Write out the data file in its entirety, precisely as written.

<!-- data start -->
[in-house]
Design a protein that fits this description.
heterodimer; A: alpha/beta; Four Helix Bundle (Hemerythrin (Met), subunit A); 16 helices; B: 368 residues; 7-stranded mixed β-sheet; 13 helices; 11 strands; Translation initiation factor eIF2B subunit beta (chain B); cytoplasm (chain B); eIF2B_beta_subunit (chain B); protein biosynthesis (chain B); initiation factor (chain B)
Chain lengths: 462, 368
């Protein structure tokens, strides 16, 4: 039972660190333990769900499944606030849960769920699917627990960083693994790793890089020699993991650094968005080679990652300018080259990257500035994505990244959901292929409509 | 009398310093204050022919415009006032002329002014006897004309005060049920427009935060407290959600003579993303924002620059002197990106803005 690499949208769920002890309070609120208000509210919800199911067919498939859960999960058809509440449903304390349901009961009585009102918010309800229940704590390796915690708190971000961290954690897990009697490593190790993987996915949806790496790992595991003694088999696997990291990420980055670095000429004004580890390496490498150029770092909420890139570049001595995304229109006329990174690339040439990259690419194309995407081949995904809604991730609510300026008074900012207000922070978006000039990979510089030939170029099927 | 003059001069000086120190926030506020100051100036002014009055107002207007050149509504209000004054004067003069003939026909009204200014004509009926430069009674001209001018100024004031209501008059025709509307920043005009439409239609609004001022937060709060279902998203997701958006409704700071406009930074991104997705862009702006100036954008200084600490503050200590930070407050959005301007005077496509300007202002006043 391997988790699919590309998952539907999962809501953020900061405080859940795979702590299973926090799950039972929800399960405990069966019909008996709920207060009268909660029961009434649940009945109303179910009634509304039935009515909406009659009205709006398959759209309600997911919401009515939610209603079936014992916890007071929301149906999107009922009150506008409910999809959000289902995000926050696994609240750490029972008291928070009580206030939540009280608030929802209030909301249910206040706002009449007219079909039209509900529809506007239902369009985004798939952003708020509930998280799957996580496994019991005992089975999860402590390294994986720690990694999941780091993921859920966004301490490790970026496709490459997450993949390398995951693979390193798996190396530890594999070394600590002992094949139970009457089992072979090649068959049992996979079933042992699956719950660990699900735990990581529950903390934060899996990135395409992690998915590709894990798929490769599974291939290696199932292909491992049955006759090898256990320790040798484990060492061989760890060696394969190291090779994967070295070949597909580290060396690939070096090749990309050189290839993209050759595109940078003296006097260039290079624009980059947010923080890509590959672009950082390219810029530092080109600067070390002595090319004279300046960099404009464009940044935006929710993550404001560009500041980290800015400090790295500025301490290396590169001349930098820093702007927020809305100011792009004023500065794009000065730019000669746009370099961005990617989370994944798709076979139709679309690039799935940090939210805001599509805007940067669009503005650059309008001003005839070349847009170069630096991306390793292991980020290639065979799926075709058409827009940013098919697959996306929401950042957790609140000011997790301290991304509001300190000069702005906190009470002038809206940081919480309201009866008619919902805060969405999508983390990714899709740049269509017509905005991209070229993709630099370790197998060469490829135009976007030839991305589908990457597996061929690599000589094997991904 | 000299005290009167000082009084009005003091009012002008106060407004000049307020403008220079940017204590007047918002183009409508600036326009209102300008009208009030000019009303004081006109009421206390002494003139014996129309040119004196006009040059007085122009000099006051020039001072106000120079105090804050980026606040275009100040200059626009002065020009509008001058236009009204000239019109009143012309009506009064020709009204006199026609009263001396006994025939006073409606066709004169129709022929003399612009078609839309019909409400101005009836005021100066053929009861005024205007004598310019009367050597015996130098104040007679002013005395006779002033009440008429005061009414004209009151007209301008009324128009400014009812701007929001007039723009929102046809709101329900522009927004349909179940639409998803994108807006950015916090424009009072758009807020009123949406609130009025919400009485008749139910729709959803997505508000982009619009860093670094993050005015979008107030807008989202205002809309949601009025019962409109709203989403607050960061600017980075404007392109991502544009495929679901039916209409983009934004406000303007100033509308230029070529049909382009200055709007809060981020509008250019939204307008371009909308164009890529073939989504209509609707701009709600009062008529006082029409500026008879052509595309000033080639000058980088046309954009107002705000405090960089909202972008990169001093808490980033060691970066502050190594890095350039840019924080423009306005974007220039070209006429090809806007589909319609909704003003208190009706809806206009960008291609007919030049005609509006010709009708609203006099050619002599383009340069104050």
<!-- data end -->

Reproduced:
[in-house]
Design a protein that fits this description.
heterodimer; A: alpha/beta; Four Helix Bundle (Hemerythrin (Met), subunit A); 16 helices; B: 368 residues; 7-stranded mixed β-sheet; 13 helices; 11 strands; Translation initiation factor eIF2B subunit beta (chain B); cytoplasm (chain B); eIF2B_beta_subunit (chain B); protein biosynthesis (chain B); initiation factor (chain B)
Chain lengths: 462, 368
């Protein structure tokens, strides 16, 4: 039972660190333990769900499944606030849960769920699917627990960083693994790793890089020699993991650094968005080679990652300018080259990257500035994505990244959901292929409509 | 009398310093204050022919415009006032002329002014006897004309005060049920427009935060407290959600003579993303924002620059002197990106803005 690499949208769920002890309070609120208000509210919800199911067919498939859960999960058809509440449903304390349901009961009585009102918010309800229940704590390796915690708190971000961290954690897990009697490593190790993987996915949806790496790992595991003694088999696997990291990420980055670095000429004004580890390496490498150029770092909420890139570049001595995304229109006329990174690339040439990259690419194309995407081949995904809604991730609510300026008074900012207000922070978006000039990979510089030939170029099927 | 003059001069000086120190926030506020100051100036002014009055107002207007050149509504209000004054004067003069003939026909009204200014004509009926430069009674001209001018100024004031209501008059025709509307920043005009439409239609609004001022937060709060279902998203997701958006409704700071406009930074991104997705862009702006100036954008200084600490503050200590930070407050959005301007005077496509300007202002006043 391997988790699919590309998952539907999962809501953020900061405080859940795979702590299973926090799950039972929800399960405990069966019909008996709920207060009268909660029961009434649940009945109303179910009634509304039935009515909406009659009205709006398959759209309600997911919401009515939610209603079936014992916890007071929301149906999107009922009150506008409910999809959000289902995000926050696994609240750490029972008291928070009580206030939540009280608030929802209030909301249910206040706002009449007219079909039209509900529809506007239902369009985004798939952003708020509930998280799957996580496994019991005992089975999860402590390294994986720690990694999941780091993921859920966004301490490790970026496709490459997450993949390398995951693979390193798996190396530890594999070394600590002992094949139970009457089992072979090649068959049992996979079933042992699956719950660990699900735990990581529950903390934060899996990135395409992690998915590709894990798929490769599974291939290696199932292909491992049955006759090898256990320790040798484990060492061989760890060696394969190291090779994967070295070949597909580290060396690939070096090749990309050189290839993209050759595109940078003296006097260039290079624009980059947010923080890509590959672009950082390219810029530092080109600067070390002595090319004279300046960099404009464009940044935006929710993550404001560009500041980290800015400090790295500025301490290396590169001349930098820093702007927020809305100011792009004023500065794009000065730019000669746009370099961005990617989370994944798709076979139709679309690039799935940090939210805001599509805007940067669009503005650059309008001003005839070349847009170069630096991306390793292991980020290639065979799926075709058409827009940013098919697959996306929401950042957790609140000011997790301290991304509001300190000069702005906190009470002038809206940081919480309201009866008619919902805060969405999508983390990714899709740049269509017509905005991209070229993709630099370790197998060469490829135009976007030839991305589908990457597996061929690599000589094997991904 | 000299005290009167000082009084009005003091009012002008106060407004000049307020403008220079940017204590007047918002183009409508600036326009209102300008009208009030000019009303004081006109009421206390002494003139014996129309040119004196006009040059007085122009000099006051020039001072106000120079105090804050980026606040275009100040200059626009002065020009509008001058236009009204000239019109009143012309009506009064020709009204006199026609009263001396006994025939006073409606066709004169129709022929003399612009078609839309019909409400101005009836005021100066053929009861005024205007004598310019009367050597015996130098104040007679002013005395006779002033009440008429005061009414004209009151007209301008009324128009400014009812701007929001007039723009929102046809709101329900522009927004349909179940639409998803994108807006950015916090424009009072758009807020009123949406609130009025919400009485008749139910729709959803997505508000982009619009860093670094993050005015979008107030807008989202205002809309949601009025019962409109709203989403607050960061600017980075404007392109991502544009495929679901039916209409983009934004406000303007100033509308230029070529049909382009200055709007809060981020509008250019939204307008371009909308164009890529073939989504209509609707701009709600009062008529006082029409500026008879052509595309000033080639000058980088046309954009107002705000405090960089909202972008990169001093808490980033060691970066502050190594890095350039840019924080423009306005974007220039070209006429090809806007589909319609909704003003208190009706809806206009960008291609007919030049005609509006010709009708609203006099050619002599383009340069104050």